The Pastor's Windshield for Sunday, July 17, 2022
When was the last time you called something “salutary”? Probably never! It’s not in our everyday lingo. However, this word is rich with meaning. We sometimes hear this word in the communion liturgy in which the pastor says “It is truly meet, right, and salutary that we should at all times and in all places give thanks to You, holy Lord …” Those words (published in 1941) sound old-fashioned to our ears, but the meaning is simple: it’s always good and appropriate to thank and praise the Lord – and Holy Communion especially should be received with thanksgiving to Him!
Another time when the word “salutary” comes up is in this little prayer, often spoken after receiving Communion: “We give thanks to You, almighty God, that You have refreshed us through this salutary gift, and we implore You that of Your mercy You would strengthen us through the same in faith toward You and in fervent love toward one another ...”
The “salutary gift” referenced in the prayer is the body and blood of Christ which we’ve just received at His Altar. But what are we saying about Communion when we call it “salutary”?
Here's an example of something that’s not necessarily salutary: one of my loved ones recently gave me a gift. It was a large bag of Andes Mints. I’m a big fan of both chocolate and mint and Andes Mints are the best of both worlds! It was a delicious gift and one that didn’t last long, but was it salutary? Sugar and chocolate are tasty and tempting, but probably not worthy of being called “salutary.”
Something that is salutary is good for you. It is wholesome and beneficial. Things like candy and junk food are fun treats, but we all know that they’re not as good for us as things like fresh fruits and vegetables.
The Lord’s Supper is one of God’s salutary gifts for us because He gives it to His church for our good. As we receive Christ’s body and blood, He meets our greatest need: the forgiveness of our sins. Without Christ’s forgiveness, we’d face an eternity of God’s wrath toward our sin. But assured of our forgiveness for Christ’s sake, we can confidently approach God and look forward to spending eternity in His perfect presence!
The Lord’s Supper is also “salutary” in the sense of strengthening our union both with Christ and with one another, for we are His body as members of the church.
Martin Luther had a creative way of illustrating the reasons for receiving this salutary gift. In his “Christian Questions and their Answers”, Luther addresses what we should do when we don’t feel the need to receive the Sacrament. He writes, “To such a person no better advice can be given than this: first, he should touch his body to see if he still has flesh and blood … Second, he should look around to see whether he is still in the world, and remember that there will be no lack of sin and trouble … Third, he will certainly have the devil also around him, who with his lying and murdering day and night will let him have no peace, within or without …”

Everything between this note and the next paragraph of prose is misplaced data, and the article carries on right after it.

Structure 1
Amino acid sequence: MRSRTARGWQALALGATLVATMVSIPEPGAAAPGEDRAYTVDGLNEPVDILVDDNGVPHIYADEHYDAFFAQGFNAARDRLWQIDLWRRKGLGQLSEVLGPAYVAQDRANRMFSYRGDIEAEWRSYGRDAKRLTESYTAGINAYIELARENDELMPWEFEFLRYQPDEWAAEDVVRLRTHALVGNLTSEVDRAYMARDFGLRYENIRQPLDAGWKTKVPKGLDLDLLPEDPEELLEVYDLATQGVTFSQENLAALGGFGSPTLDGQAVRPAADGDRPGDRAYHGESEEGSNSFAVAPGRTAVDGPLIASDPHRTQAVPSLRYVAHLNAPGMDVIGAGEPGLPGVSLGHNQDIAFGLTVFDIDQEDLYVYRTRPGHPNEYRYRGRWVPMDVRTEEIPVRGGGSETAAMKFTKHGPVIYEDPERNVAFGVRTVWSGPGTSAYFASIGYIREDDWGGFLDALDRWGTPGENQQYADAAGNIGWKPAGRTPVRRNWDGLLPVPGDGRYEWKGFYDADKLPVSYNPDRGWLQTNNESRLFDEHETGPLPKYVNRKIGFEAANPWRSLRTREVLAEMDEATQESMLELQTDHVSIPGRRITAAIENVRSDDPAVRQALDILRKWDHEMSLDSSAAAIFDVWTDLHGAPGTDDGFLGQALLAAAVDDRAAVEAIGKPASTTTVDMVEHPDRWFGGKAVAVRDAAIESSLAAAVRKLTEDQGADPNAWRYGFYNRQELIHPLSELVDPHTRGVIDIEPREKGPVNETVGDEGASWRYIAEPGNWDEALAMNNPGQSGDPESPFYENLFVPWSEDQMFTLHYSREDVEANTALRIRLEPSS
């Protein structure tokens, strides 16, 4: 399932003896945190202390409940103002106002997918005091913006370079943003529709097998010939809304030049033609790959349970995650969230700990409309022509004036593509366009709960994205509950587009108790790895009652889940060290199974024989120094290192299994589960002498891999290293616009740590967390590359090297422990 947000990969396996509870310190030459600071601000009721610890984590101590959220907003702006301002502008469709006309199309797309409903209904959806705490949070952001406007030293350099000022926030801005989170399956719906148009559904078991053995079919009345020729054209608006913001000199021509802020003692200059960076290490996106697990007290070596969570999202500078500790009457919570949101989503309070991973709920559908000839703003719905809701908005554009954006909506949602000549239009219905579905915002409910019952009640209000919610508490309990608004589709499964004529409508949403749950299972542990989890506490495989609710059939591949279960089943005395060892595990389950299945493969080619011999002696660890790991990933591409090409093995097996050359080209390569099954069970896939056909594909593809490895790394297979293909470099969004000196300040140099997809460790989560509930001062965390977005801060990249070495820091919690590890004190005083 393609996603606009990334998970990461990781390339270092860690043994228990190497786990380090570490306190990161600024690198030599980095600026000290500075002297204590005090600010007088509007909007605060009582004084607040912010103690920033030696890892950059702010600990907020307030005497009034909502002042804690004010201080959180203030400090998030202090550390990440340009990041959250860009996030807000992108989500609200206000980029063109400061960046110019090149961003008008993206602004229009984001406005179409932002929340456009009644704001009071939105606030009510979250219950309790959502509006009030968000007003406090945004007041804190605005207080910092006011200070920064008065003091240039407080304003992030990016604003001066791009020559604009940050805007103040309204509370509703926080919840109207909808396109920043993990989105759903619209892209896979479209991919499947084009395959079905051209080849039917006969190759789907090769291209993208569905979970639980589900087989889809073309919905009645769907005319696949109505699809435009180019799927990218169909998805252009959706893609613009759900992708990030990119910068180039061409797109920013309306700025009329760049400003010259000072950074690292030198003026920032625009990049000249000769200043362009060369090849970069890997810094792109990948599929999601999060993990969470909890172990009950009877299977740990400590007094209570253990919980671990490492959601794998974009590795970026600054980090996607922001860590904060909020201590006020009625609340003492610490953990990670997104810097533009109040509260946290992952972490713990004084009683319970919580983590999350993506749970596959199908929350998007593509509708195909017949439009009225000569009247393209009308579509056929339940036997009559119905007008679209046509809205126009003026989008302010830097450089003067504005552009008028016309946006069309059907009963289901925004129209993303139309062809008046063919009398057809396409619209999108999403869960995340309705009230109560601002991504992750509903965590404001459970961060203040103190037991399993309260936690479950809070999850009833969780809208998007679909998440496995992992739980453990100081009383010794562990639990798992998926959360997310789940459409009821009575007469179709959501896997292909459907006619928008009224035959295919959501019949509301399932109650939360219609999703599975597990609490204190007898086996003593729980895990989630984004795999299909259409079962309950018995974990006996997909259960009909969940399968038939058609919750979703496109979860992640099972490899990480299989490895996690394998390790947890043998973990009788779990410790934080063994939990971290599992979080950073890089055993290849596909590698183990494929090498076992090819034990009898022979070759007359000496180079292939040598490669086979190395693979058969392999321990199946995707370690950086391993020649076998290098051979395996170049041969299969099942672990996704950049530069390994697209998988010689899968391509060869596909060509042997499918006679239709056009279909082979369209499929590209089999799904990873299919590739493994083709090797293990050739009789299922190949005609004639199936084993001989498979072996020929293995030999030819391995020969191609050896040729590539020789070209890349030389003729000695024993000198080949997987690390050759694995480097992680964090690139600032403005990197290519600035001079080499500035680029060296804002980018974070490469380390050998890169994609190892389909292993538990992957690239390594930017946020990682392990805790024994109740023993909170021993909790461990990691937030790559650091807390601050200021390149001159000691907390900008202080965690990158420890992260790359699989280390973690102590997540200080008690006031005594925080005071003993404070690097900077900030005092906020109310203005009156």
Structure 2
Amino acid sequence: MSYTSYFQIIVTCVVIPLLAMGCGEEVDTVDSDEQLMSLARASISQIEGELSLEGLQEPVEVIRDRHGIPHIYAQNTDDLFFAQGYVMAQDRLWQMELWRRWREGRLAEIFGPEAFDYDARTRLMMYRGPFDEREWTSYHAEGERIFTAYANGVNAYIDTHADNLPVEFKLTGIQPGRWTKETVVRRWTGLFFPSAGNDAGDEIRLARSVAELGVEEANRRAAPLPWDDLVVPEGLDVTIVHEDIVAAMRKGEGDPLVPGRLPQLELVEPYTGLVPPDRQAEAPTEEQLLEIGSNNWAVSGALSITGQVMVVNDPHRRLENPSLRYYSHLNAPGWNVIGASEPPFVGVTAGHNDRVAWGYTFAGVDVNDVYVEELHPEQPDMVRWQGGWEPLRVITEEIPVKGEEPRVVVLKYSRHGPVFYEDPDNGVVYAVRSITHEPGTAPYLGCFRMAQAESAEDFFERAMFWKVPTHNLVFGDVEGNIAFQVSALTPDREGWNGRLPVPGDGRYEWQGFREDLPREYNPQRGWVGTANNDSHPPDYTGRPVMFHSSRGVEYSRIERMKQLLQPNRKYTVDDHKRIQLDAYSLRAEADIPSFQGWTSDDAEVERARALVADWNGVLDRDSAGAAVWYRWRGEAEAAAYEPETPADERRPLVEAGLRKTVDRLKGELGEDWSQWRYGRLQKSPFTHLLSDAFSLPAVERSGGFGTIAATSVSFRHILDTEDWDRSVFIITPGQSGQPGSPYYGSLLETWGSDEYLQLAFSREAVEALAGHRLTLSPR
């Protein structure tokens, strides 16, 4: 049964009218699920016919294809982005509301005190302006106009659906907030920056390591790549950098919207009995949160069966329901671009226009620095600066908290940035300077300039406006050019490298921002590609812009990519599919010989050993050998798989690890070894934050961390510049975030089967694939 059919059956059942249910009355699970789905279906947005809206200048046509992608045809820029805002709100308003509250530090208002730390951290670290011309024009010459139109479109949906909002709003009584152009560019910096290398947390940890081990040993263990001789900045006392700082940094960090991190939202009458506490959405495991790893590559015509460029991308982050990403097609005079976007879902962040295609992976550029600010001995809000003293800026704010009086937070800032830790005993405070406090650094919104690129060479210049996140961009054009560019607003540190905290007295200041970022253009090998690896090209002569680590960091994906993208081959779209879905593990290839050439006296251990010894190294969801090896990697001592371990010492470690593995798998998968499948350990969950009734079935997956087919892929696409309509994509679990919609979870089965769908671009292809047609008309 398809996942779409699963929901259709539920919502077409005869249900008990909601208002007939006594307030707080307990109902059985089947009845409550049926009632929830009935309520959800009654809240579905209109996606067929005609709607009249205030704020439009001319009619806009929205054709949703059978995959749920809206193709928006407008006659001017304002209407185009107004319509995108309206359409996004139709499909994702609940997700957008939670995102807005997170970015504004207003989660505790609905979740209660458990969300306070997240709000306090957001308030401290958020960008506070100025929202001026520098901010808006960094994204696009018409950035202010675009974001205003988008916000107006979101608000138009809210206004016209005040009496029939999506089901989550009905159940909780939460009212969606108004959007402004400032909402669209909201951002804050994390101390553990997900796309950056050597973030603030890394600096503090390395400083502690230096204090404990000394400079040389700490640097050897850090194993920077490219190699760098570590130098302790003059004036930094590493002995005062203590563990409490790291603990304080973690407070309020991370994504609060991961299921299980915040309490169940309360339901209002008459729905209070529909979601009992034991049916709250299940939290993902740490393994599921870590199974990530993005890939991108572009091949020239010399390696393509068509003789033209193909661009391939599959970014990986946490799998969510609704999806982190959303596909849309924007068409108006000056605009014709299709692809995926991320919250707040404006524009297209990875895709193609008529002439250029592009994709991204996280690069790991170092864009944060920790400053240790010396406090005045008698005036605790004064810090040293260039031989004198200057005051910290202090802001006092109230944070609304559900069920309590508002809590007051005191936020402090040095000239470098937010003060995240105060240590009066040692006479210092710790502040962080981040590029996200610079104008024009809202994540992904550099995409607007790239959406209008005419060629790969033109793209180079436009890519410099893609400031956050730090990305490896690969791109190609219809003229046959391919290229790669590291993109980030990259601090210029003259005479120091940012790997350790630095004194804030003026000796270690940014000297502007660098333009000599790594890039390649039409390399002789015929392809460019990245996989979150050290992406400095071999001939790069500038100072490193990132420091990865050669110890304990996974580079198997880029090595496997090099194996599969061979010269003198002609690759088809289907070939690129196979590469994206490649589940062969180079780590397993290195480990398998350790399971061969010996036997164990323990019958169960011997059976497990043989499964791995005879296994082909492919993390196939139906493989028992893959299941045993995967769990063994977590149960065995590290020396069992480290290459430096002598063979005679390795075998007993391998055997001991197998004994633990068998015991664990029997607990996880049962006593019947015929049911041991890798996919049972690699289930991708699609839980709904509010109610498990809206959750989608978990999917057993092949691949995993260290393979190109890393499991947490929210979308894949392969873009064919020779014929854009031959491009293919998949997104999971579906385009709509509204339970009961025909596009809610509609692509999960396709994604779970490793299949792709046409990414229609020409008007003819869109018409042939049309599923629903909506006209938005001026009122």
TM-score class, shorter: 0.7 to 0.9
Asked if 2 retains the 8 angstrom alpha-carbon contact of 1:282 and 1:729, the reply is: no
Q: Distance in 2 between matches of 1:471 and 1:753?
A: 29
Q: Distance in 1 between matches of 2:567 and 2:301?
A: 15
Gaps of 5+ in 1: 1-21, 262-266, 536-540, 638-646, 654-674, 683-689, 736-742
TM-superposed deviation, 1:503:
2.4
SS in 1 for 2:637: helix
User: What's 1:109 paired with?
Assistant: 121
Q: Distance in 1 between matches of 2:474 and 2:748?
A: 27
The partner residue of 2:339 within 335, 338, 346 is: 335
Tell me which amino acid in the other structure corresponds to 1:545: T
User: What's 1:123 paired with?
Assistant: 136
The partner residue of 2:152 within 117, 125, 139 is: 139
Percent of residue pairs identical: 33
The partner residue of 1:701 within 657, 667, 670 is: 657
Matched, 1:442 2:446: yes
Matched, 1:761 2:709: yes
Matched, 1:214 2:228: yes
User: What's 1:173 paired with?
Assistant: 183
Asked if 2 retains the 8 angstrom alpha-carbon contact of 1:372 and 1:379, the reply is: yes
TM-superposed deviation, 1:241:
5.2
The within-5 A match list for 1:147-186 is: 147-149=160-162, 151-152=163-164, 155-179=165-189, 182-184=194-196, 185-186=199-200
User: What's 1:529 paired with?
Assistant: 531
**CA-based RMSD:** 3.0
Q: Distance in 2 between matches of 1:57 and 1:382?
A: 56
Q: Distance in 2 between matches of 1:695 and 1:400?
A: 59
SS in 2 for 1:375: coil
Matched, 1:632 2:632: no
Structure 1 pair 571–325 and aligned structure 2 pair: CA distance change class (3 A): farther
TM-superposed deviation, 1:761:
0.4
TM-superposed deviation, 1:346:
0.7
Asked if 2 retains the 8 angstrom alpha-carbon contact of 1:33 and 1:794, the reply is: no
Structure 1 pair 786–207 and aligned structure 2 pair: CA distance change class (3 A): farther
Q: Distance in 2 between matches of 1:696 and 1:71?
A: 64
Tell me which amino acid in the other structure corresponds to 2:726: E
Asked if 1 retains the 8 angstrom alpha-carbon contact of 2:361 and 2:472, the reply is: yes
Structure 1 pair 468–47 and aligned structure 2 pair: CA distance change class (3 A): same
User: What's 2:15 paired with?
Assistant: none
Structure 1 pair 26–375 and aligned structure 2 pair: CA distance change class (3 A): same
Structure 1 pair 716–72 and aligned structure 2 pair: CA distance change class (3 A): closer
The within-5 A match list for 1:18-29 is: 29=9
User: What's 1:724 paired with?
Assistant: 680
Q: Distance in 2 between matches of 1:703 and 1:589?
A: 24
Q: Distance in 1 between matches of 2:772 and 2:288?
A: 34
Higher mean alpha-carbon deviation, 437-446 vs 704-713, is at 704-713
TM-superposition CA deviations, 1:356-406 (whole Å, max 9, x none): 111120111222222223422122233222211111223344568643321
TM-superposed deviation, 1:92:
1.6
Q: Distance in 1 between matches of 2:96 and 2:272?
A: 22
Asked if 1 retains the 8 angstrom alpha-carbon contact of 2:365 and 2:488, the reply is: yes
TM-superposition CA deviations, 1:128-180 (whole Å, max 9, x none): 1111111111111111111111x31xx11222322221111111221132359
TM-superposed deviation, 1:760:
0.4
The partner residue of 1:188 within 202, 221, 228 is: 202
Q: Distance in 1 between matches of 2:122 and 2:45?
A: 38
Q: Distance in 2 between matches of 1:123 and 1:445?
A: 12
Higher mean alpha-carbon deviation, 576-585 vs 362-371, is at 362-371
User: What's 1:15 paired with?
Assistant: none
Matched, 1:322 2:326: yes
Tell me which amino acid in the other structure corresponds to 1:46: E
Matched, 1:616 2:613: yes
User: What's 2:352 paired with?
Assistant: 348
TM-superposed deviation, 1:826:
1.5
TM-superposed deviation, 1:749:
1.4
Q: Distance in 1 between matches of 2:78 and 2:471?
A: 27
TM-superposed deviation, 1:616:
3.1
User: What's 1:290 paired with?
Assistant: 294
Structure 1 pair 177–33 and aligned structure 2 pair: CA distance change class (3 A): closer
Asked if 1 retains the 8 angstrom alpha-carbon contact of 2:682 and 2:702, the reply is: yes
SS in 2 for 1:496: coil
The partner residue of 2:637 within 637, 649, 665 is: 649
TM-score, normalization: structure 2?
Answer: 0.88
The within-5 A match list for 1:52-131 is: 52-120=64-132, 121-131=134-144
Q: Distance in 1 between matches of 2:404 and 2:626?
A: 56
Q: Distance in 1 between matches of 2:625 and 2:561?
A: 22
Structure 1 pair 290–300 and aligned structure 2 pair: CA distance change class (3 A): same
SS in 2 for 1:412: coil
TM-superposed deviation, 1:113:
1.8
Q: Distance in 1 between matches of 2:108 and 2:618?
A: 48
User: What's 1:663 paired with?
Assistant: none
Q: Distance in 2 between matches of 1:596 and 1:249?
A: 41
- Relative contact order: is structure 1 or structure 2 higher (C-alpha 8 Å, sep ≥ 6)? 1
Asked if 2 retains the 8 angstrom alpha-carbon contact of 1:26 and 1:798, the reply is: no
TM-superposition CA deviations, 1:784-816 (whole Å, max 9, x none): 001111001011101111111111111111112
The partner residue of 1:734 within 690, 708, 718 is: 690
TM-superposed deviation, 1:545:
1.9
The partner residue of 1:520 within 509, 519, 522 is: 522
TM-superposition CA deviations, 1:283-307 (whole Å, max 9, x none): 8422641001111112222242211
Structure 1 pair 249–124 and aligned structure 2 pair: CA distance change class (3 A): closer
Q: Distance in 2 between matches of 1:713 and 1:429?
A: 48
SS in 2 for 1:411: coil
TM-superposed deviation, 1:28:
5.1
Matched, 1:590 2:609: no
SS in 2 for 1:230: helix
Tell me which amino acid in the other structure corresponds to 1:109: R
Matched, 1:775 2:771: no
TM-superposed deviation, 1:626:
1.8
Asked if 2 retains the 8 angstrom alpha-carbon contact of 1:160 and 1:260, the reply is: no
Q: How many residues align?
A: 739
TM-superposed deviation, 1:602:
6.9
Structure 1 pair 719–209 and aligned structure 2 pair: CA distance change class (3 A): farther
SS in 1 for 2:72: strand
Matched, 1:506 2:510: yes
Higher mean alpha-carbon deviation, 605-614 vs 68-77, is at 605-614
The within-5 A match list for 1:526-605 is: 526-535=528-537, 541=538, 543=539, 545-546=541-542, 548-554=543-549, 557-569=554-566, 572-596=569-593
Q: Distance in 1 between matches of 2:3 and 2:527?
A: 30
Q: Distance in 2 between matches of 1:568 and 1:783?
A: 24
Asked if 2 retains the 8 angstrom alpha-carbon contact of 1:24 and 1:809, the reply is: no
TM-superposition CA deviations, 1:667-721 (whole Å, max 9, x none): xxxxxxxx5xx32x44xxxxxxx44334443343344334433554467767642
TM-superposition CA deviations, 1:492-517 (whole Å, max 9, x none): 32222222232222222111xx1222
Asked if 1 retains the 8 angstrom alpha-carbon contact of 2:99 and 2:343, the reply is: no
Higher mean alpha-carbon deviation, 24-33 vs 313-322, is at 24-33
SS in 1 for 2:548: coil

All three of those things are true of us. We still live in our sinful flesh. We still deal with the troubles of the world around us. We still face the constant assaults and temptations of the devil. These struggles should drive us to Christ and to his house where we join with our fellow sinner-saints in receiving Christ’s salutary gifts!
The introduction to our Lutheran Service Book hymnal offers this helpful summary: “Our Lord serves us today through His holy Word and Sacraments. Through these means, He comes among us to deliver His forgiveness and salvation, freeing us from our sins and strengthening us for service to one another and to the world … With His Holy Word, written in Scripture and preached into our ears, He daily proclaims His abiding love for us through all the joys and sorrows of life in this world. In His Holy Supper, He gives us His own body and blood to eat and to drink as a priceless gift to nourish and strengthen us in both body and soul.”
In closing, remember this: Jesus invites us to come and be nourished through the “salutary gifts” of His Word and Supper!
Peace in Christ,
Pastor Kory Janneke
Posted on July 14, 2022 3:06 PM